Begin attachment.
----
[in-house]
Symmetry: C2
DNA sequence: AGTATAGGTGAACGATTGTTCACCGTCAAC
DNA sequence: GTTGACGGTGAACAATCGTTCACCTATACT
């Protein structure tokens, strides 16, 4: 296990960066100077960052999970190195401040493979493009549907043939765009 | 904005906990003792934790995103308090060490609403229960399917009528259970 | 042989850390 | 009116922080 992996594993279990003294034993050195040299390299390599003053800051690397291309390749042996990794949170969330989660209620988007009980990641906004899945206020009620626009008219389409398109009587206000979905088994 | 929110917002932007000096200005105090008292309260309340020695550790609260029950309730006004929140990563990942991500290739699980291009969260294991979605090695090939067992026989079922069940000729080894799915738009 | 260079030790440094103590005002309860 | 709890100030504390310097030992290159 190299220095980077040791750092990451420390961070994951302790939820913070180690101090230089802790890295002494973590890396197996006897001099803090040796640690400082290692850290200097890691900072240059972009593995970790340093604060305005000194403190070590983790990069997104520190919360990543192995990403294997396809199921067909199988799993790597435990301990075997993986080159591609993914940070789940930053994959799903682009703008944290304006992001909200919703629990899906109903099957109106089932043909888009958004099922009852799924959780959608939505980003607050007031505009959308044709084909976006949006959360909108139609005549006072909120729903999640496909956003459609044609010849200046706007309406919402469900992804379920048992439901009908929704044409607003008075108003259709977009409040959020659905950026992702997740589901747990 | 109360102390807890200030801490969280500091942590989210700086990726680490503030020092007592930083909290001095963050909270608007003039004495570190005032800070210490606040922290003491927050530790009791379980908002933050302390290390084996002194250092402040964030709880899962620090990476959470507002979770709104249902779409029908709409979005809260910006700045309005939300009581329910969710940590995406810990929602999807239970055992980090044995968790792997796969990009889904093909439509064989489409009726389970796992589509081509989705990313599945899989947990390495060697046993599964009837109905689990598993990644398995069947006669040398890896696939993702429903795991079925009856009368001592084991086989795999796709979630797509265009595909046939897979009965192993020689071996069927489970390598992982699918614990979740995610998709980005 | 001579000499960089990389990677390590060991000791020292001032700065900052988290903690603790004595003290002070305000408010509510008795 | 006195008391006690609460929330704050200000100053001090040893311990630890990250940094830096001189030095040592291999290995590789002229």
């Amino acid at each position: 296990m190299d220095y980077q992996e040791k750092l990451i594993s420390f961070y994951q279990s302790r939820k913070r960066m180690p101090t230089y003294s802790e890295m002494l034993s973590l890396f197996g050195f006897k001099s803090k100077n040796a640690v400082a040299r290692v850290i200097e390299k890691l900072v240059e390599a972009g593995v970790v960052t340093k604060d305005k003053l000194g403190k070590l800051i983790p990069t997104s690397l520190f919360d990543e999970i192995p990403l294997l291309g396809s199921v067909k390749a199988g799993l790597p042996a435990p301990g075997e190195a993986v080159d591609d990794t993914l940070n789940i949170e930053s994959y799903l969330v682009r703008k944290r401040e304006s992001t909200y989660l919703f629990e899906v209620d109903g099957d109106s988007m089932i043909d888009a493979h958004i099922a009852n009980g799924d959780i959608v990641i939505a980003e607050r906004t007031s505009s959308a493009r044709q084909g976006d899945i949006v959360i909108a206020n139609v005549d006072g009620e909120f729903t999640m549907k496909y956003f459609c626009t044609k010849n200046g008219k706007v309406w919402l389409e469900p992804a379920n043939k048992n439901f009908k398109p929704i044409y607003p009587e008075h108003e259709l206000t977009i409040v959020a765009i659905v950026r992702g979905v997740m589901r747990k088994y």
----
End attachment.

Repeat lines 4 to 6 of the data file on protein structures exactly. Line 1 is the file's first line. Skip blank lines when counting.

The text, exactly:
DNA sequence: GTTGACGGTGAACAATCGTTCACCTATACT
């Protein structure tokens, strides 16, 4: 296990960066100077960052999970190195401040493979493009549907043939765009 | 904005906990003792934790995103308090060490609403229960399917009528259970 | 042989850390 | 009116922080 992996594993279990003294034993050195040299390299390599003053800051690397291309390749042996990794949170969330989660209620988007009980990641906004899945206020009620626009008219389409398109009587206000979905088994 | 929110917002932007000096200005105090008292309260309340020695550790609260029950309730006004929140990563990942991500290739699980291009969260294991979605090695090939067992026989079922069940000729080894799915738009 | 260079030790440094103590005002309860 | 709890100030504390310097030992290159 190299220095980077040791750092990451420390961070994951302790939820913070180690101090230089802790890295002494973590890396197996006897001099803090040796640690400082290692850290200097890691900072240059972009593995970790340093604060305005000194403190070590983790990069997104520190919360990543192995990403294997396809199921067909199988799993790597435990301990075997993986080159591609993914940070789940930053994959799903682009703008944290304006992001909200919703629990899906109903099957109106089932043909888009958004099922009852799924959780959608939505980003607050007031505009959308044709084909976006949006959360909108139609005549006072909120729903999640496909956003459609044609010849200046706007309406919402469900992804379920048992439901009908929704044409607003008075108003259709977009409040959020659905950026992702997740589901747990 | 109360102390807890200030801490969280500091942590989210700086990726680490503030020092007592930083909290001095963050909270608007003039004495570190005032800070210490606040922290003491927050530790009791379980908002933050302390290390084996002194250092402040964030709880899962620090990476959470507002979770709104249902779409029908709409979005809260910006700045309005939300009581329910969710940590995406810990929602999807239970055992980090044995968790792997796969990009889904093909439509064989489409009726389970796992589509081509989705990313599945899989947990390495060697046993599964009837109905689990598993990644398995069947006669040398890896696939993702429903795991079925009856009368001592084991086989795999796709979630797509265009595909046939897979009965192993020689071996069927489970390598992982699918614990979740995610998709980005 | 001579000499960089990389990677390590060991000791020292001032700065900052988290903690603790004595003290002070305000408010509510008795 | 006195008391006690609460929330704050200000100053001090040893311990630890990250940094830096001189030095040592291999290995590789002229």
């Amino acid at each position: 296990m190299d220095y980077q992996e040791k750092l990451i594993s420390f961070y994951q279990s302790r939820k913070r960066m180690p101090t230089y003294s802790e890295m002494l034993s973590l890396f197996g050195f006897k001099s803090k100077n040796a640690v400082a040299r290692v850290i200097e390299k890691l900072v240059e390599a972009g593995v970790v960052t340093k604060d305005k003053l000194g403190k070590l800051i983790p990069t997104s690397l520190f919360d990543e999970i192995p990403l294997l291309g396809s199921v067909k390749a199988g799993l790597p042996a435990p301990g075997e190195a993986v080159d591609d990794t993914l940070n789940i949170e930053s994959y799903l969330v682009r703008k944290r401040e304006s992001t909200y989660l919703f629990e899906v209620d109903g099957d109106s988007m089932i043909d888009a493979h958004i099922a009852n009980g799924d959780i959608v990641i939505a980003e607050r906004t007031s505009s959308a493009r044709q084909g976006d899945i949006v959360i909108a206020n139609v005549d006072g009620e909120f729903t999640m549907k496909y956003f459609c626009t044609k010849n200046g008219k706007v309406w919402l389409e469900p992804a379920n043939k048992n439901f009908k398109p929704i044409y607003p009587e008075h108003e259709l206000t977009i409040v959020a765009i659905v950026r992702g979905v997740m589901r747990k088994y």